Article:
Contribution of Plastoelasticity to the Tone of the Cat Portal Vein
Isolated helical strips of cat portal vein were subjected to sudden stresses to produce immediate elastic extension followed by a slow plastoelastic extension or "creep". Recovery from this creep was evaluated by restretching with varying intervals between stretches. In appropriately stimulated vessels, significant creep recovery continues for periods in excess of 20 minutes. Both the rate and the ultimate magnitude of the creep recovery were substantially increased by contractile activity produced by norepinephrine or electrical stimulation. The rate and ultimate magnitude of creep recovery were decreased by dilator drugs, although some recovery persisted. The only factors found capable of blocking creep recovery were complete inactivation of the contractile machinery by removal of calcium from the system or maintainence of tension on the tissue during the recovery period. This behavior is explained by a model in which contracted elements are capable of slowly converting into a stable shortened configuration capable of passively maintaining venous tone until mechanical stress causes a plastoelastic extension to the longer configuration.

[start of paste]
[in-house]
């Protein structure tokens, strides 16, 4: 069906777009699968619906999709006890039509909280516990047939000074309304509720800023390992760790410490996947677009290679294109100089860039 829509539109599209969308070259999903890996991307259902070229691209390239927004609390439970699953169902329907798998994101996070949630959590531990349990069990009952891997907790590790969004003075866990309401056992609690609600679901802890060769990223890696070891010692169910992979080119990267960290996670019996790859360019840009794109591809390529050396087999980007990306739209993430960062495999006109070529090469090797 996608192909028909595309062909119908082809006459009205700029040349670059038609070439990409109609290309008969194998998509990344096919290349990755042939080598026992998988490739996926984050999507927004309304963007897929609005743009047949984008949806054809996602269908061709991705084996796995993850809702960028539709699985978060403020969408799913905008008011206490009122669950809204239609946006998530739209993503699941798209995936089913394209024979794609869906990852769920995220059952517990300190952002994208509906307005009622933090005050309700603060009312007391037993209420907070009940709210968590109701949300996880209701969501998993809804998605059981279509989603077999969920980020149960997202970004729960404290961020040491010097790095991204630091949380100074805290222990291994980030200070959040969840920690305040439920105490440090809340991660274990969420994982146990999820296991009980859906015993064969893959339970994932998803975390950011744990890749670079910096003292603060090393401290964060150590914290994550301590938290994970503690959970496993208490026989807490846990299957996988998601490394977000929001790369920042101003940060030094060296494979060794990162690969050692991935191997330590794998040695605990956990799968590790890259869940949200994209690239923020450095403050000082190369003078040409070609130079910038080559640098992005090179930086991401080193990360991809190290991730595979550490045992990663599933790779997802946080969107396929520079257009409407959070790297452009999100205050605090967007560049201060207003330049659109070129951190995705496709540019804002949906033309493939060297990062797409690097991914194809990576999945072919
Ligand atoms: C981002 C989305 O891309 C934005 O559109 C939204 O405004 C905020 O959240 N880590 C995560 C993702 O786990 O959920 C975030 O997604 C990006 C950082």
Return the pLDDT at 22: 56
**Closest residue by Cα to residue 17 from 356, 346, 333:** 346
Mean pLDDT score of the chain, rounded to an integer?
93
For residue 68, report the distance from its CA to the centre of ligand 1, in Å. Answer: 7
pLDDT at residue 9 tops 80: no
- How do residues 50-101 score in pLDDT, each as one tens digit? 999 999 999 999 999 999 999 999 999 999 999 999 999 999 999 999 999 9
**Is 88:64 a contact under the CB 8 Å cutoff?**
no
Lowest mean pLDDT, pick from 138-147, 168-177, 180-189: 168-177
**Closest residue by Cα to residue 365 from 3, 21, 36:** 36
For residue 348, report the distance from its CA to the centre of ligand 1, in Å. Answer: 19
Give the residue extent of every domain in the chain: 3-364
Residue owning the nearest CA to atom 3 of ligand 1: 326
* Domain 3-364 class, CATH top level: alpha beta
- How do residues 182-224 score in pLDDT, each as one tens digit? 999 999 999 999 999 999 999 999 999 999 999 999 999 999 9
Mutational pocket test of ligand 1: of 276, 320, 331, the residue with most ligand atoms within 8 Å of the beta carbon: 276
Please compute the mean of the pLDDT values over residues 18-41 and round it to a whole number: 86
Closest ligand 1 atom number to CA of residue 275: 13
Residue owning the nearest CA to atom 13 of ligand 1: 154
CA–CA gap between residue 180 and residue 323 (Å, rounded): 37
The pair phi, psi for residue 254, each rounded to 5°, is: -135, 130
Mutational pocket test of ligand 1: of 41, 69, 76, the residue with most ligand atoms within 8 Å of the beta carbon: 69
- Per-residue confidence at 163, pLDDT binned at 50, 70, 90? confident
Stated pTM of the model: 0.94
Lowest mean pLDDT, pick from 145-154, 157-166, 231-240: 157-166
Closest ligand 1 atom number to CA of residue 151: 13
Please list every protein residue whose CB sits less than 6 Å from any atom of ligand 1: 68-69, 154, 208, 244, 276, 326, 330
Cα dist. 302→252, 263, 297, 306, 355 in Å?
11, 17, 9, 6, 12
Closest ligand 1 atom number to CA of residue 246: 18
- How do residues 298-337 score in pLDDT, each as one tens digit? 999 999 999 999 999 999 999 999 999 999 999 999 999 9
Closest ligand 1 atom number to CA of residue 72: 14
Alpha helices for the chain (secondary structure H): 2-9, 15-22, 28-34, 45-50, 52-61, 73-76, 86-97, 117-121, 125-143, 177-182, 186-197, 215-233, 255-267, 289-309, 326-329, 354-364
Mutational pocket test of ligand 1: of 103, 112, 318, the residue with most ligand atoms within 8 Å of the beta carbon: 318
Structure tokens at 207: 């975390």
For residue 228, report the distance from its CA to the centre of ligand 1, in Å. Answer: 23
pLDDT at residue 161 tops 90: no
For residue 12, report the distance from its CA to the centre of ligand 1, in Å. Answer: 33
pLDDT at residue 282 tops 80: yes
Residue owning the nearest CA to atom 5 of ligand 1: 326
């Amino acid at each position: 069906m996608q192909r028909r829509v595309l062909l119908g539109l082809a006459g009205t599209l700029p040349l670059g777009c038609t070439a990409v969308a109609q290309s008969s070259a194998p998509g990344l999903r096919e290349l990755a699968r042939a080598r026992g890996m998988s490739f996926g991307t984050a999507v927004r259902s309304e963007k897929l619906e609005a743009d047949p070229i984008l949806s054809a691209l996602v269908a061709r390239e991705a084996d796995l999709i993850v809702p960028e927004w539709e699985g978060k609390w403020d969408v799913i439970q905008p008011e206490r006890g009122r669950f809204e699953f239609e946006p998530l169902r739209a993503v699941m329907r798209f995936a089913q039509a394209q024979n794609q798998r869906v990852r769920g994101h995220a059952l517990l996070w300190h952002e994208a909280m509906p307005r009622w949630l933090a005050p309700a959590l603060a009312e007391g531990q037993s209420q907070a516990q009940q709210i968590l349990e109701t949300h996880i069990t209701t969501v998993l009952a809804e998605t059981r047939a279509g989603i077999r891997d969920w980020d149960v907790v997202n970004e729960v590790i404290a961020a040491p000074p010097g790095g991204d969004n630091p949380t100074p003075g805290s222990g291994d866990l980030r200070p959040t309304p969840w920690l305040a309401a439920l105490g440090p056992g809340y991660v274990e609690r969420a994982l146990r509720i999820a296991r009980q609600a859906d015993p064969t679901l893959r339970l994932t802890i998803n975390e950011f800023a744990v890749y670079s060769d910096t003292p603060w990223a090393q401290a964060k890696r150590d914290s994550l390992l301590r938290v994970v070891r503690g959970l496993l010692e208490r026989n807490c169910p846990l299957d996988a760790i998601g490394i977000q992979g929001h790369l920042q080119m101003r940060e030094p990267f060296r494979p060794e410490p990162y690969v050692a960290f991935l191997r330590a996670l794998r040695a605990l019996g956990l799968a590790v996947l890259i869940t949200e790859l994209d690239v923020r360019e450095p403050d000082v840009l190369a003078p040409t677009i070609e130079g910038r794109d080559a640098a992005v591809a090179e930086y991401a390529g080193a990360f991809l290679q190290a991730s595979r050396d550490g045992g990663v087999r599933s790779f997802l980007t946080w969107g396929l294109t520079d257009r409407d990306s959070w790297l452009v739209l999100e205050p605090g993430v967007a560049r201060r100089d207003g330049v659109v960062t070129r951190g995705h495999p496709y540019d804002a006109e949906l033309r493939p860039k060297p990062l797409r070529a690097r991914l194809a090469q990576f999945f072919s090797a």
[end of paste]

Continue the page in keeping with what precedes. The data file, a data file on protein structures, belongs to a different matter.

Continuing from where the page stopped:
- blood vessels
- contraction of veins
- creep of veins
- rheology of venous tissue
- smooth muscle tone
- Received November 20, 1970.
- © 1971 American Heart Association, Inc.